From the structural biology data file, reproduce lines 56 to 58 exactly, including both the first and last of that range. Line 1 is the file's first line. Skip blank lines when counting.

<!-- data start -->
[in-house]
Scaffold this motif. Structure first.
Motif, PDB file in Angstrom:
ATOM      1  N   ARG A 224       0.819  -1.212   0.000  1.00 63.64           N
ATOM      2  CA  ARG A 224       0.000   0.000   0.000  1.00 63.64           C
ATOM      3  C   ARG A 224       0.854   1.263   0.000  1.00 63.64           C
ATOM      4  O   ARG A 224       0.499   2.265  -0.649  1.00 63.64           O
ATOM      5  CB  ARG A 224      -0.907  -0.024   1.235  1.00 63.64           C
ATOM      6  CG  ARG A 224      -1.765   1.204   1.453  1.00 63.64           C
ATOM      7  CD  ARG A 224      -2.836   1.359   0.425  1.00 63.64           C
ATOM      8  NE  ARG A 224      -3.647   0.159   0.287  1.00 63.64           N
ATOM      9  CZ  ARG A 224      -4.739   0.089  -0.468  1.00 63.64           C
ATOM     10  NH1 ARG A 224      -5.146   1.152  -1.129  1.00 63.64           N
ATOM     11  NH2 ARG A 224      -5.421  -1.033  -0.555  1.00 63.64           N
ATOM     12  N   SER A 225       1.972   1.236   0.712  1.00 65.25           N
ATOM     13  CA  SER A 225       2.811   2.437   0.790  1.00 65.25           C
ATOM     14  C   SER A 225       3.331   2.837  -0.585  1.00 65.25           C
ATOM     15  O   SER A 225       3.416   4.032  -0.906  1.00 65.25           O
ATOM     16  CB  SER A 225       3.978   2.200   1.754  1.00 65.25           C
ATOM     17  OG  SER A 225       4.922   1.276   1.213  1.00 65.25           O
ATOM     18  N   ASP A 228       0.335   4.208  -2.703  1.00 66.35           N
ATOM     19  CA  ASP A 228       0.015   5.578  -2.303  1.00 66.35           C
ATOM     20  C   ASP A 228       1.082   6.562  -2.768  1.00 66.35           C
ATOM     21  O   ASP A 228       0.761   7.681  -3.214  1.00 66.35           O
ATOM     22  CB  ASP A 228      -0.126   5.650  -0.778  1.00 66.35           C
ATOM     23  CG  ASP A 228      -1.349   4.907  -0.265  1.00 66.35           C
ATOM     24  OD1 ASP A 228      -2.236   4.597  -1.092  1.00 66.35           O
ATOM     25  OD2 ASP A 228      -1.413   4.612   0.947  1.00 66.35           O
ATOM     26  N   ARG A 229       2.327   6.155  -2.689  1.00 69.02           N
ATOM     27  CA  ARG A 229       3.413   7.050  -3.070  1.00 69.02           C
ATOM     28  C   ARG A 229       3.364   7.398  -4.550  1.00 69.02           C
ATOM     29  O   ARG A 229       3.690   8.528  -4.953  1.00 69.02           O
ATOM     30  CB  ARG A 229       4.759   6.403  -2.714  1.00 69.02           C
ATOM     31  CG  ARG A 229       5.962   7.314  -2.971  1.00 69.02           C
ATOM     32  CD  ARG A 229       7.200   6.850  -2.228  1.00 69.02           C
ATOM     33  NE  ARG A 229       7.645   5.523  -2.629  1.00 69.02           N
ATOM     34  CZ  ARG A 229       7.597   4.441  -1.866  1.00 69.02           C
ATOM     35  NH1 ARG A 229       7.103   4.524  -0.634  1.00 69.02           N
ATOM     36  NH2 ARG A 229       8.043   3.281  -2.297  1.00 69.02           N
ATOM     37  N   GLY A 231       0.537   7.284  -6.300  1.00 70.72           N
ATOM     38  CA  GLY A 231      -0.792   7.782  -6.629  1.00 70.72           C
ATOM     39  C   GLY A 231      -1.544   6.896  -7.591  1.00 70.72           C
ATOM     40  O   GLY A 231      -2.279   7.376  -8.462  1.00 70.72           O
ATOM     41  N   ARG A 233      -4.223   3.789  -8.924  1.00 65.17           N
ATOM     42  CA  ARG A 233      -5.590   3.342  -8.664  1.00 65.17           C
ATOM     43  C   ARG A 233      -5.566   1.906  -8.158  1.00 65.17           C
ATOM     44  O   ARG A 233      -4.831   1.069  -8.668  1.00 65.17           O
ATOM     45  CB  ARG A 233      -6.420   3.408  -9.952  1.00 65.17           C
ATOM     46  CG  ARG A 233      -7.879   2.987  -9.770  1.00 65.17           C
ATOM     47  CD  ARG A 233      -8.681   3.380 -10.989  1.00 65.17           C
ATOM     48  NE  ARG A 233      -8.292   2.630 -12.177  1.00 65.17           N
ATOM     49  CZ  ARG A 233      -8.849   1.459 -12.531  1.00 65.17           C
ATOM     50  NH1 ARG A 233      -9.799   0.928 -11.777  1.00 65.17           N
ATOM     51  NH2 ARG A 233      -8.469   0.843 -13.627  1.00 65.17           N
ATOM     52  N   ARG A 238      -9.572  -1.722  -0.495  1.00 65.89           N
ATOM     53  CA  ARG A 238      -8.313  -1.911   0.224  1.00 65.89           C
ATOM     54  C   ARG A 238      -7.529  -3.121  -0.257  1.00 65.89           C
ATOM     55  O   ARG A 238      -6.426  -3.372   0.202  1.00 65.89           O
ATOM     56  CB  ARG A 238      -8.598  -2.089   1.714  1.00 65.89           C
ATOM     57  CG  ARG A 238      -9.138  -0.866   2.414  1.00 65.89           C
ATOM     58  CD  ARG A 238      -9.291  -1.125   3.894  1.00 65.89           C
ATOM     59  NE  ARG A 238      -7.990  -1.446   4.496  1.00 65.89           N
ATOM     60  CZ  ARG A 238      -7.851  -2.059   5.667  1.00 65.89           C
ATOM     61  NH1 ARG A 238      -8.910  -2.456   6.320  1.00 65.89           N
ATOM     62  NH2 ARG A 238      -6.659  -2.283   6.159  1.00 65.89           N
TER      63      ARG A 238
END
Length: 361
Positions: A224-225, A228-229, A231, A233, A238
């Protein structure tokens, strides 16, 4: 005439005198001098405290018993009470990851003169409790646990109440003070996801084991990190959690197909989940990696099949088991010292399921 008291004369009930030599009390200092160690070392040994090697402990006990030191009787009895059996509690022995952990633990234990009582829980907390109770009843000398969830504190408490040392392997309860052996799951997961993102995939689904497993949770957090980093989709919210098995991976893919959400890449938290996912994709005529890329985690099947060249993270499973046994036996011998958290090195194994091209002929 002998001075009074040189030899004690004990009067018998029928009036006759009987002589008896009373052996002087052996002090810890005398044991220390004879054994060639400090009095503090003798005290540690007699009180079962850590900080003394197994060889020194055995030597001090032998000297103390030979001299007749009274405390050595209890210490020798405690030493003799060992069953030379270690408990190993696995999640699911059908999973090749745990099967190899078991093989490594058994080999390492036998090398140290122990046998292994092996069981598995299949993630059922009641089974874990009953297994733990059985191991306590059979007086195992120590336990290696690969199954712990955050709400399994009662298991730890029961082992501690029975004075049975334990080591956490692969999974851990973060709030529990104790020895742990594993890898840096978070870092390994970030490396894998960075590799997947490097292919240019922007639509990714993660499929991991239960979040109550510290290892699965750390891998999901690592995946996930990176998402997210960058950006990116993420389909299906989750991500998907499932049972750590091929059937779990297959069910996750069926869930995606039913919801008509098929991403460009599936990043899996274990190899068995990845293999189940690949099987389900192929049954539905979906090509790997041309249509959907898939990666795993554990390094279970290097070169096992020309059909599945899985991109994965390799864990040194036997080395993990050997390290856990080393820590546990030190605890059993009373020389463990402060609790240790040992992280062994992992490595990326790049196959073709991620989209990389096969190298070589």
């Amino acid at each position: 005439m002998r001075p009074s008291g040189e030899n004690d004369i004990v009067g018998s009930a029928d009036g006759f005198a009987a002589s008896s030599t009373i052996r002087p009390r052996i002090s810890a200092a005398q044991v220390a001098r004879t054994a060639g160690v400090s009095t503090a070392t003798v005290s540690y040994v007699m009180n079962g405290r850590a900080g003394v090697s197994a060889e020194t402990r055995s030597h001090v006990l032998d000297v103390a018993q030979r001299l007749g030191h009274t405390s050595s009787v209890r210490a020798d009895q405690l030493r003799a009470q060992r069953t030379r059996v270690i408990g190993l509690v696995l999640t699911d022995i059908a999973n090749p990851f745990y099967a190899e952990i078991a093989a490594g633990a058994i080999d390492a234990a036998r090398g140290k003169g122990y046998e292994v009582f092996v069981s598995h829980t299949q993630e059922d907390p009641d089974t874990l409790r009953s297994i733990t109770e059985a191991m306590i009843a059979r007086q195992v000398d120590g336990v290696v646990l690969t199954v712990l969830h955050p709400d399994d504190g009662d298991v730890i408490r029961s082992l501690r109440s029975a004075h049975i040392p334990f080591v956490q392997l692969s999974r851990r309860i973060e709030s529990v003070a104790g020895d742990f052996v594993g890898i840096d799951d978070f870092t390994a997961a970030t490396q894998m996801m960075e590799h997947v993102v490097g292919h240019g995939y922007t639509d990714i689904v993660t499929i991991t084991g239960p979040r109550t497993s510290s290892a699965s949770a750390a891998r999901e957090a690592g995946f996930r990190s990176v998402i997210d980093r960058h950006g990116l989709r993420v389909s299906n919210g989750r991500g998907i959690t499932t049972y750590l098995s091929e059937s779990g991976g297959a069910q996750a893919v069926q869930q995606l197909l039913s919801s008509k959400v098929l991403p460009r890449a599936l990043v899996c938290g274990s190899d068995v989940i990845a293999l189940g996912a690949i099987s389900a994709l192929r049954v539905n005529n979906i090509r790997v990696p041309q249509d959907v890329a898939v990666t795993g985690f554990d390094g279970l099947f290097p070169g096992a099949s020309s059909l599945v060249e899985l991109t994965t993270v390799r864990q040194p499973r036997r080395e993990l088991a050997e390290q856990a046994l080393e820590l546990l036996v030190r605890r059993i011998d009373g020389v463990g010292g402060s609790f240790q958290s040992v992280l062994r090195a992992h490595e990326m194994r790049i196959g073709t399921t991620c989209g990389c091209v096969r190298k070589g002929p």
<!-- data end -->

ATOM     53  CA  ARG A 238      -8.313  -1.911   0.224  1.00 65.89           C
ATOM     54  C   ARG A 238      -7.529  -3.121  -0.257  1.00 65.89           C
ATOM     55  O   ARG A 238      -6.426  -3.372   0.202  1.00 65.89           O